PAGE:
One important area Easterbrook continually insists on (and believes has been continuously overlooked both by the environmental movement and the global politics) is the environmental disaster of the Third World. He contrasts the attention given (and subsequent action taken) to river pollution of China (which apparently is larger than the total waste water emissions of the First World), prevalence of respiratory diseases in India and Africa from particulate air pollution (mostly from cow dung/wood as fuel), and millions of deaths from water-borne diseases with what he considers almost solved issues such as forest protection in the northern hemisphere, almost inexistent non-treated waste water, and global warming, insisting that the former are more pressing, immediate and have a far wider reaching effect on environment than the latter. In line with the “holistic” thinking, Easterbrook states that there cannot be a responsible relationship with the environment without solving the development problems, as issues of developing world can only have a negative effect (such as deforestation, disease spread, increased carbon emissions), on the environment. Before questioning the validity of Easterbrook’s logic and vision, it is worth noting that “A moment on Earth” is tuned to provide motivation and optimism to anyone with concerns of the environment, and with it’s vision of unifying nature, machines and humans, which ultimately leads to an “evolution” (directed and constructed as it might be) towards a bright new Eden-like future.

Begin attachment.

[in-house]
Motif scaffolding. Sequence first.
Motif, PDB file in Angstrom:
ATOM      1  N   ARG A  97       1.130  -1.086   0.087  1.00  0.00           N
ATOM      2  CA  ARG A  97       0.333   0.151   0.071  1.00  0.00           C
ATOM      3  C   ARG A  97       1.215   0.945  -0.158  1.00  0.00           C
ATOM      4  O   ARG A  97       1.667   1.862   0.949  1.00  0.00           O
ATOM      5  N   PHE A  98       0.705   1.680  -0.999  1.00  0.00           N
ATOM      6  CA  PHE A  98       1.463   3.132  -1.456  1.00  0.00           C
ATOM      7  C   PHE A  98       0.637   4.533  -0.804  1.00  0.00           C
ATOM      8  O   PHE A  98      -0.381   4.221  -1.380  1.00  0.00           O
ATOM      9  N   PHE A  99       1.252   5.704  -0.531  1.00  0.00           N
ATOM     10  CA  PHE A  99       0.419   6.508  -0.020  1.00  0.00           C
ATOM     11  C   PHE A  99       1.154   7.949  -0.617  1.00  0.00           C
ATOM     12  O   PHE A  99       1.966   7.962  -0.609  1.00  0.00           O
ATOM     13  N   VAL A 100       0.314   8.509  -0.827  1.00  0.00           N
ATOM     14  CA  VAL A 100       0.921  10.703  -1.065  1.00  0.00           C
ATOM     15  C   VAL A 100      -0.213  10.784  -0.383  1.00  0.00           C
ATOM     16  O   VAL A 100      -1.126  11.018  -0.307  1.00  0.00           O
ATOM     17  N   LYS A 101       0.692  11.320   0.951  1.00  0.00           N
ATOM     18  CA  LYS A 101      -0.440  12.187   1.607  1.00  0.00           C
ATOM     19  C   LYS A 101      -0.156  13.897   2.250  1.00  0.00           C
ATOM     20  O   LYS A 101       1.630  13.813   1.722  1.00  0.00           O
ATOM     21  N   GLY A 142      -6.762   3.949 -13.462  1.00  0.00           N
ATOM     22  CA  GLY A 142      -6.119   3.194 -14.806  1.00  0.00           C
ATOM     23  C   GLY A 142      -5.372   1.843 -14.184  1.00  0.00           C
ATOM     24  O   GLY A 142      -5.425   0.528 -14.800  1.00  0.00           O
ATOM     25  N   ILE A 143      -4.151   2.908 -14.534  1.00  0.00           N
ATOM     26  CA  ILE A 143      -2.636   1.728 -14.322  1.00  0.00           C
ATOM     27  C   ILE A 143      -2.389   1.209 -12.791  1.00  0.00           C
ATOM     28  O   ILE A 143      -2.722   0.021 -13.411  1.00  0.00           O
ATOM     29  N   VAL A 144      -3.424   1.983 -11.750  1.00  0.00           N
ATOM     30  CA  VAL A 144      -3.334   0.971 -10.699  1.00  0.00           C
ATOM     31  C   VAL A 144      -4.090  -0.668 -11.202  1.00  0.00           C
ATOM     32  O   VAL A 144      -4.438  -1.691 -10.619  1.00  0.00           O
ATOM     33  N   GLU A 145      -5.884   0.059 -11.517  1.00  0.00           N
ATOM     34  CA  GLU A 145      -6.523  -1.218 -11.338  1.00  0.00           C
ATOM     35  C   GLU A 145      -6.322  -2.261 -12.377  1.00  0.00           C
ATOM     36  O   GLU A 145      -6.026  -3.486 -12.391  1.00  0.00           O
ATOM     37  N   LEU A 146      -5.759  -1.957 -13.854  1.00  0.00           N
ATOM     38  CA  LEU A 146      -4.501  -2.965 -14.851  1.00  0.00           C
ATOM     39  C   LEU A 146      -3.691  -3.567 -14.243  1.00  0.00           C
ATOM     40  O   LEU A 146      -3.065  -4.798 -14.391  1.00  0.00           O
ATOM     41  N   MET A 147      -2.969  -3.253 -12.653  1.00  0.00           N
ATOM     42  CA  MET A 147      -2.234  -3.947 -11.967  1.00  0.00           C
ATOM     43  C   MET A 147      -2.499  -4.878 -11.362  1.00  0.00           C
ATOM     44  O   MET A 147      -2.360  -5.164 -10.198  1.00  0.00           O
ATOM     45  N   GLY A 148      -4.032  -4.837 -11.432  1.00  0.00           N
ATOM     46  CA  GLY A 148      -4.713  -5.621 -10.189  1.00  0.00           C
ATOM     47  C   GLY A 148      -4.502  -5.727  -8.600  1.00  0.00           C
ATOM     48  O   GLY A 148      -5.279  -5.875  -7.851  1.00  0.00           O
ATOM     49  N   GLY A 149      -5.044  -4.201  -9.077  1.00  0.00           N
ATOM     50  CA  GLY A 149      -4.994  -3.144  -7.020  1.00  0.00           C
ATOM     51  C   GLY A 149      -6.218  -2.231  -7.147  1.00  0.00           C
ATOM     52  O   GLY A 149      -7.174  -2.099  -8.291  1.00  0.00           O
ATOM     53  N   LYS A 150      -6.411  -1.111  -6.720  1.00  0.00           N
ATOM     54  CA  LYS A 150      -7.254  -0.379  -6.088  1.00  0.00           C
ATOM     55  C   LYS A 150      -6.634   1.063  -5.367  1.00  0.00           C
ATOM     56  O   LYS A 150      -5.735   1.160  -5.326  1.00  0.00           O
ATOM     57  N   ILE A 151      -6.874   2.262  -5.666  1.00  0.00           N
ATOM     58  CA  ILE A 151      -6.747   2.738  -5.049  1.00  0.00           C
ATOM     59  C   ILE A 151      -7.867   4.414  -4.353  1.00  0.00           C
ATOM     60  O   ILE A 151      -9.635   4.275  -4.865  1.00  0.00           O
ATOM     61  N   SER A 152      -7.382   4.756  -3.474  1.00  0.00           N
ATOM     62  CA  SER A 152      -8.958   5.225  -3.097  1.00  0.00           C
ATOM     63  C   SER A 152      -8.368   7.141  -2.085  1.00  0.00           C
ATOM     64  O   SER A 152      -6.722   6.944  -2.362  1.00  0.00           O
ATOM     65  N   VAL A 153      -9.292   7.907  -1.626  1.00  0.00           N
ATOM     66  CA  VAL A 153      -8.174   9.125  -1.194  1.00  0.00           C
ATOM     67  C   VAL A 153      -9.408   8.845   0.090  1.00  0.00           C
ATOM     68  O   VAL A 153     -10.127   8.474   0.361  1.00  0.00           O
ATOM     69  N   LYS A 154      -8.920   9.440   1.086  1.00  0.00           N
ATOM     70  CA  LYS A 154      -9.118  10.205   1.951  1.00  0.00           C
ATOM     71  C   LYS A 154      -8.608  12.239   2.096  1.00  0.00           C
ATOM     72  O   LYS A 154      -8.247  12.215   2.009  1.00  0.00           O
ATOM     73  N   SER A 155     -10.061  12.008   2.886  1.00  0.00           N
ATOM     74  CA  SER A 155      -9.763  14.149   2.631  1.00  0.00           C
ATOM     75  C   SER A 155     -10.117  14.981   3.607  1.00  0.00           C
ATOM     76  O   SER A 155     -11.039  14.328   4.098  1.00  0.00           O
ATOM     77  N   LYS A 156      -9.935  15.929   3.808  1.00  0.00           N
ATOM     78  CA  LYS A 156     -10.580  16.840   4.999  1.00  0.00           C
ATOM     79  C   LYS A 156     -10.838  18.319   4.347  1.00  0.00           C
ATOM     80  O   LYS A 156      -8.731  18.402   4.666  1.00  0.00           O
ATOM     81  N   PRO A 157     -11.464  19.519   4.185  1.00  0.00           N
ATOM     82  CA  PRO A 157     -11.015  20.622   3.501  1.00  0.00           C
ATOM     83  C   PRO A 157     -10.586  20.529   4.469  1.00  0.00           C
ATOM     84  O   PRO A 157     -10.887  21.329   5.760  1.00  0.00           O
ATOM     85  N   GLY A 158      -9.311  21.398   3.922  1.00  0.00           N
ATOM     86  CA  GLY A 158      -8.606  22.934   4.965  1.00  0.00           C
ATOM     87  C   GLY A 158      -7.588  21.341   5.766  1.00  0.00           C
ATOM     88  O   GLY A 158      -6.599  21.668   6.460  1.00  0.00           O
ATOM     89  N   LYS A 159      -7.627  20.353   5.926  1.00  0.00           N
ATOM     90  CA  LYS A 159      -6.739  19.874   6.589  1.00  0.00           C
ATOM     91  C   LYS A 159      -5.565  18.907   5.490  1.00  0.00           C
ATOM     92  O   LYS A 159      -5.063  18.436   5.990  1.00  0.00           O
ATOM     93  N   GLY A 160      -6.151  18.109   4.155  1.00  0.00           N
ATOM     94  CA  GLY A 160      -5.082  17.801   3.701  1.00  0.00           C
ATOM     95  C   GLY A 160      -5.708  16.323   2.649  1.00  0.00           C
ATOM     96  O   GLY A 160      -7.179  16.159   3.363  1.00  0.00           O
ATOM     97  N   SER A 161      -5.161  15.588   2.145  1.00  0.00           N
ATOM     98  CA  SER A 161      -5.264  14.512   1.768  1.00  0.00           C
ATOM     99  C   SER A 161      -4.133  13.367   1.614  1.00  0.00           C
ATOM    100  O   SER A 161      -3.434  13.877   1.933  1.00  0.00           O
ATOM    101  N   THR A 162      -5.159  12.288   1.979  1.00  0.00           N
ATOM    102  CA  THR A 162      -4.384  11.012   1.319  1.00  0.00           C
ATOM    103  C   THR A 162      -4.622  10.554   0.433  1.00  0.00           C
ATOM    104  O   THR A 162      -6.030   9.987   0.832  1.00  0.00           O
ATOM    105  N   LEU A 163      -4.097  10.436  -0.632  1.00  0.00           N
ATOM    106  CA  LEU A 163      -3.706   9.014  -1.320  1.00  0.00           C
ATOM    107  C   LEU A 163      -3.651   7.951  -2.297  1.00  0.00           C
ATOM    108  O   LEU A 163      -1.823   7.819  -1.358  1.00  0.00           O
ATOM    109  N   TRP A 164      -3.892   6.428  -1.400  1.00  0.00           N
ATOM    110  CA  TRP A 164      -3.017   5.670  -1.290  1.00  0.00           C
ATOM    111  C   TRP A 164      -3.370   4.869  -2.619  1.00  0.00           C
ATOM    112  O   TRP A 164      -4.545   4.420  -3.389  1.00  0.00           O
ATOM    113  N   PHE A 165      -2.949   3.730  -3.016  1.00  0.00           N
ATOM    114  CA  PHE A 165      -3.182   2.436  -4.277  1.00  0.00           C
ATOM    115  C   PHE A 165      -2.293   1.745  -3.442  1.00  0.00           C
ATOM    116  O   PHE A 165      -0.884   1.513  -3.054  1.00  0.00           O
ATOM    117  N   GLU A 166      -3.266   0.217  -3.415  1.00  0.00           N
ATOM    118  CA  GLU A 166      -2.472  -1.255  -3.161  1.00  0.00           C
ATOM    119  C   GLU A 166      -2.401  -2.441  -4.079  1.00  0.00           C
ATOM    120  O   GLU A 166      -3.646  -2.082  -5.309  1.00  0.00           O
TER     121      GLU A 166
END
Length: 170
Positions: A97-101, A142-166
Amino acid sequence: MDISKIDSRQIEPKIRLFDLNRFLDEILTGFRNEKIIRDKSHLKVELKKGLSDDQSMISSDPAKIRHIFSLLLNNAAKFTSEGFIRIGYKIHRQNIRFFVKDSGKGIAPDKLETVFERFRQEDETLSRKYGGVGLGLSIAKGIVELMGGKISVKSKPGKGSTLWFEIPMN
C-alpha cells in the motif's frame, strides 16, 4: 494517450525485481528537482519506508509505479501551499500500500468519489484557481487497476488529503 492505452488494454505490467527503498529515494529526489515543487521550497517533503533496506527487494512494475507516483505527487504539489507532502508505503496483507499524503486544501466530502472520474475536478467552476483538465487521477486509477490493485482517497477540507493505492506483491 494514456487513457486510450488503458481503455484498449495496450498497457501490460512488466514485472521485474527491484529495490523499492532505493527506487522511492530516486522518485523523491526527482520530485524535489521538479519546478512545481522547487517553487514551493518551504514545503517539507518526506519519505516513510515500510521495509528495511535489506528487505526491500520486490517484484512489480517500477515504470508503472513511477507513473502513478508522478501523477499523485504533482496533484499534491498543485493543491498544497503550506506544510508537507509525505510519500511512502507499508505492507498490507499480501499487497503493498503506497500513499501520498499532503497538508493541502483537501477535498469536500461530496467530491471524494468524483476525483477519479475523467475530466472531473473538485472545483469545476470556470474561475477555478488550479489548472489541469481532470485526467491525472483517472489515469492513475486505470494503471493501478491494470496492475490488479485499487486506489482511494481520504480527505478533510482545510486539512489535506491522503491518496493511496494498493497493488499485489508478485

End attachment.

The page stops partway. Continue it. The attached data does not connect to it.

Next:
Given that environmental thought in the past 12 years seems to have avoided many of the limitations Easterbrook claims have been plaguing it by 1990s, “A moment on the Earth” must have had an incredible positive effect in reforming the thought and action of the movement.